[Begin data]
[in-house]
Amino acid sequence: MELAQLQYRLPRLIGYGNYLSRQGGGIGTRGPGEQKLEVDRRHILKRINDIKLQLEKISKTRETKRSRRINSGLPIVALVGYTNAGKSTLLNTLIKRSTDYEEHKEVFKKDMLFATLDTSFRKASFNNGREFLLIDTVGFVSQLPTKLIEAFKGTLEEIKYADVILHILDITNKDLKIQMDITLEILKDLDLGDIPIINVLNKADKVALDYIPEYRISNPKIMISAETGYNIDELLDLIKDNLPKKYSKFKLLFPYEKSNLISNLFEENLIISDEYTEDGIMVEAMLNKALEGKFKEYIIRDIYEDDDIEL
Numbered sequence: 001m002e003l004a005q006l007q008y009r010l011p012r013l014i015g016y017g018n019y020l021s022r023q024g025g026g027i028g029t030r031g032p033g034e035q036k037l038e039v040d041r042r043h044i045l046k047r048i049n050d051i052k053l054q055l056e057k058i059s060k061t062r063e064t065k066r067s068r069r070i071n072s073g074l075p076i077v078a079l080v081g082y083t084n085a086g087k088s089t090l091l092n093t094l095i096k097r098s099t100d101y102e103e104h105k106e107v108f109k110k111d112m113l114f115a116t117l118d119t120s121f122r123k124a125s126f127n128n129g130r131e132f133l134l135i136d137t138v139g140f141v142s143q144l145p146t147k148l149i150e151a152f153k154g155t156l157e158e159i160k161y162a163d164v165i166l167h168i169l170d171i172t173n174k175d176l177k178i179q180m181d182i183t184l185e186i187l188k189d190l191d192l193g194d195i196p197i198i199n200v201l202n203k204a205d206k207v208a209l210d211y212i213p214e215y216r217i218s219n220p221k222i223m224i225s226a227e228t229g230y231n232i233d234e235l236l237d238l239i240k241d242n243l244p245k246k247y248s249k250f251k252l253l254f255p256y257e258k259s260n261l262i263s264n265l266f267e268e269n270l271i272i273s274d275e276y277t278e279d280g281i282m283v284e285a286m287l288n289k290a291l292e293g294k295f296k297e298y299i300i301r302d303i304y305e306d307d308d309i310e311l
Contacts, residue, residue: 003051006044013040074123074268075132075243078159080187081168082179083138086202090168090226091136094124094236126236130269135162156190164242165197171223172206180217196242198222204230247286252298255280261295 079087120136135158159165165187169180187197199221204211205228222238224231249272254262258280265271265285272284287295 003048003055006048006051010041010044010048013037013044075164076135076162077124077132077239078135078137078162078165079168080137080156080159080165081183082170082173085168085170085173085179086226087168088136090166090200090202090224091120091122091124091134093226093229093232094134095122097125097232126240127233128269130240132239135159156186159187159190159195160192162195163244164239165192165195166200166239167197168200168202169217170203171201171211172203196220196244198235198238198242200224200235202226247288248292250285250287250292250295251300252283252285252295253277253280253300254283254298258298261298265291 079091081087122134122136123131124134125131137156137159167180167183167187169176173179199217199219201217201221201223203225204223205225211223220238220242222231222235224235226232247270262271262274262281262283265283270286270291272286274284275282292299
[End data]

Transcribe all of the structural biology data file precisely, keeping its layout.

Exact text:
[in-house]
Amino acid sequence: MELAQLQYRLPRLIGYGNYLSRQGGGIGTRGPGEQKLEVDRRHILKRINDIKLQLEKISKTRETKRSRRINSGLPIVALVGYTNAGKSTLLNTLIKRSTDYEEHKEVFKKDMLFATLDTSFRKASFNNGREFLLIDTVGFVSQLPTKLIEAFKGTLEEIKYADVILHILDITNKDLKIQMDITLEILKDLDLGDIPIINVLNKADKVALDYIPEYRISNPKIMISAETGYNIDELLDLIKDNLPKKYSKFKLLFPYEKSNLISNLFEENLIISDEYTEDGIMVEAMLNKALEGKFKEYIIRDIYEDDDIEL
Numbered sequence: 001m002e003l004a005q006l007q008y009r010l011p012r013l014i015g016y017g018n019y020l021s022r023q024g025g026g027i028g029t030r031g032p033g034e035q036k037l038e039v040d041r042r043h044i045l046k047r048i049n050d051i052k053l054q055l056e057k058i059s060k061t062r063e064t065k066r067s068r069r070i071n072s073g074l075p076i077v078a079l080v081g082y083t084n085a086g087k088s089t090l091l092n093t094l095i096k097r098s099t100d101y102e103e104h105k106e107v108f109k110k111d112m113l114f115a116t117l118d119t120s121f122r123k124a125s126f127n128n129g130r131e132f133l134l135i136d137t138v139g140f141v142s143q144l145p146t147k148l149i150e151a152f153k154g155t156l157e158e159i160k161y162a163d164v165i166l167h168i169l170d171i172t173n174k175d176l177k178i179q180m181d182i183t184l185e186i187l188k189d190l191d192l193g194d195i196p197i198i199n200v201l202n203k204a205d206k207v208a209l210d211y212i213p214e215y216r217i218s219n220p221k222i223m224i225s226a227e228t229g230y231n232i233d234e235l236l237d238l239i240k241d242n243l244p245k246k247y248s249k250f251k252l253l254f255p256y257e258k259s260n261l262i263s264n265l266f267e268e269n270l271i272i273s274d275e276y277t278e279d280g281i282m283v284e285a286m287l288n289k290a291l292e293g294k295f296k297e298y299i300i301r302d303i304y305e306d307d308d309i310e311l
Contacts, residue, residue: 003051006044013040074123074268075132075243078159080187081168082179083138086202090168090226091136094124094236126236130269135162156190164242165197171223172206180217196242198222204230247286252298255280261295 079087120136135158159165165187169180187197199221204211205228222238224231249272254262258280265271265285272284287295 003048003055006048006051010041010044010048013037013044075164076135076162077124077132077239078135078137078162078165079168080137080156080159080165081183082170082173085168085170085173085179086226087168088136090166090200090202090224091120091122091124091134093226093229093232094134095122097125097232126240127233128269130240132239135159156186159187159190159195160192162195163244164239165192165195166200166239167197168200168202169217170203171201171211172203196220196244198235198238198242200224200235202226247288248292250285250287250292250295251300252283252285252295253277253280253300254283254298258298261298265291 079091081087122134122136123131124134125131137156137159167180167183167187169176173179199217199219201217201221201223203225204223205225211223220238220242222231222235224235226232247270262271262274262281262283265283270286270291272286274284275282292299